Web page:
A Not Exactly Fond Farewell to 'The Office'

The Office Series Finale - H 2013
Chris Haston/NBC

Few industries eat their young and kill their elderly as frequently and voraciously as the TV business does.

It shouldn’t be that way, but it is. About the only good that can come from A) trying to be popular enough to stay on for a long time and B) trying to be great while being on for a long time, is that the effort proves the harsh reality of the TV industry: Only a select number of series will go down in history as brilliant classics.

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Of course, not everybody watches TV for that reason. Sometimes, as a viewer -- and even as a critic -- you just want to be entertained. And it’s hard to fault a television series that is often more entertaining than great. It’s even harder to fault a show that has no desire to be great -- only a desire to be reliably entertaining.

But whenever a television series reaches a certain landmark -- number of years on the air, nearing possible entry in the theoretical Hall of Fame, etc. -- critics take stock. And I’ve been pondering all of the intangibles while thinking about The Office, which has its series finale Thursday night after nine seasons.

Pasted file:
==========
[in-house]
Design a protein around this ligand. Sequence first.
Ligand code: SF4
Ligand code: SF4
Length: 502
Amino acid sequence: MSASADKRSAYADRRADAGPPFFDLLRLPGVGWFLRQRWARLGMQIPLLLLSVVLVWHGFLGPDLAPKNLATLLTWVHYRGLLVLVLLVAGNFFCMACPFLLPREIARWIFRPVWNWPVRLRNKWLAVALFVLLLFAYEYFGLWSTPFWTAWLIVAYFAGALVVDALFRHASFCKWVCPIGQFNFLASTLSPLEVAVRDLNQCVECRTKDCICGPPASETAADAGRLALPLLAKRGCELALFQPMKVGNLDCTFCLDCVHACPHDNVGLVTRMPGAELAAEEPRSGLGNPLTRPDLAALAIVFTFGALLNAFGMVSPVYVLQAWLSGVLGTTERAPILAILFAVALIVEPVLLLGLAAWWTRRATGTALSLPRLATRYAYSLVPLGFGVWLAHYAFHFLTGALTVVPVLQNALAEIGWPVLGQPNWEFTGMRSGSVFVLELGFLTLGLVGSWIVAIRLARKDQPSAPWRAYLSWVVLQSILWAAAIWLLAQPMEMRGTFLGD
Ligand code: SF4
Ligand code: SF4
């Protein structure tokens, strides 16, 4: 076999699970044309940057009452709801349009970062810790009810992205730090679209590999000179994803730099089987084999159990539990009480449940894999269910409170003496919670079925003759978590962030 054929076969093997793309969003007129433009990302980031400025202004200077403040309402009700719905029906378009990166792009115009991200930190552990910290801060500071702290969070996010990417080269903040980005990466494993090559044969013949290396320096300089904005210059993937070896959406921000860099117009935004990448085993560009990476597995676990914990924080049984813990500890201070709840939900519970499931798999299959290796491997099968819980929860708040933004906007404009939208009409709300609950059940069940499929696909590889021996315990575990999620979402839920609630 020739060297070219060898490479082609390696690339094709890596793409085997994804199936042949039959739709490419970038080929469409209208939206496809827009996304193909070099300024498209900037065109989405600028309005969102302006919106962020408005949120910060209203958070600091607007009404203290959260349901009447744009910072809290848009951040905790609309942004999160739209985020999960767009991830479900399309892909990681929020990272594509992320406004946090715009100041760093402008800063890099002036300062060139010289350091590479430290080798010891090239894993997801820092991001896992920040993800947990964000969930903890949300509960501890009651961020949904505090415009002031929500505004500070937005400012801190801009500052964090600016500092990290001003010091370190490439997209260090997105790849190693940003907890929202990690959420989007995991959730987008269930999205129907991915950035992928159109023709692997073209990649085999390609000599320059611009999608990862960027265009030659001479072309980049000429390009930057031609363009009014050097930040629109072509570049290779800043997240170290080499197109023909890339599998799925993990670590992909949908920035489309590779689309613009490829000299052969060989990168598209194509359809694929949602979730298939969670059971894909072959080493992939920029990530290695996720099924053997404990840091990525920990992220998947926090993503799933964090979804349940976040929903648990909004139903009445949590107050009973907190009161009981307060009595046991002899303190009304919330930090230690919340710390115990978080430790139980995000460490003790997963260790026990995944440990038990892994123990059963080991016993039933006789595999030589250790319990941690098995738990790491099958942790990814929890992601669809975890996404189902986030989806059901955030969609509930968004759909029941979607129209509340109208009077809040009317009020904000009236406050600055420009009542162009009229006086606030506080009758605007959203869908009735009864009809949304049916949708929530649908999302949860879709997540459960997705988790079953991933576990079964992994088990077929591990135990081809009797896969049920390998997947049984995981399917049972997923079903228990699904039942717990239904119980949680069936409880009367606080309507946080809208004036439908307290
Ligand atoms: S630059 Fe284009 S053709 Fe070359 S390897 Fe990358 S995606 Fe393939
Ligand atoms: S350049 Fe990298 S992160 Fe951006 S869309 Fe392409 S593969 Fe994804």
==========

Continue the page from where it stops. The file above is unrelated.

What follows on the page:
But no matter how hard I tried -- keeping nostalgia and sentimentality at bay and just trying to be clear-eyed and fair -- I couldn’t muster up much sadness for its passing. The cruel truth is that The Office has already overstayed its welcome by three seasons, was erratic from start to finish and can’t now, when maudlin is the sentiment of the day, erase any of that by focusing on all the great episodes. It's a judgment business, ether by ratings or critics.

Oh, sure, there were many great episodes of The Office. The series, when it was truly on, was a deliciously funny comedy about both office politics and interpersonal relationships. But during its run, The Office demanded so much from its viewers -- that we suffer through the character evolutions as it tried to find its way; that we wait out the average streaks; that we juggle inconsistency with excellence -- that the truly glorious, hilarious batches that sometimes popped up were simply not enough.

I wanted The Office to be better than it was. For me, that's its legacy. That's how I'll remember it.

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The ultimate achievement for The Office may be that it overcame quite possibly the biggest hurdle in modern television: remaking not only a British classic, but -- without question -- one of the greatest comedies of the small screen.

As a lover of the original version of The Office, I never thought the American version would be funny or a hit. It just wasn’t conceivable to me -- until I was both proven wrong and ultimately won over by it.

The very first episode of the American version was terrible, mostly because it was verbatim from the original. Watching it only hammered home all of my doubts and worries. We Americans had let woeful NBC put its hands all over a classic and they ruined it! Sacrilege!

That entire first season was pretty bad. When it came back, I ignored it until plaintive pleas said it was much improved. So I re-watched. I started liking it. Then I started really liking it.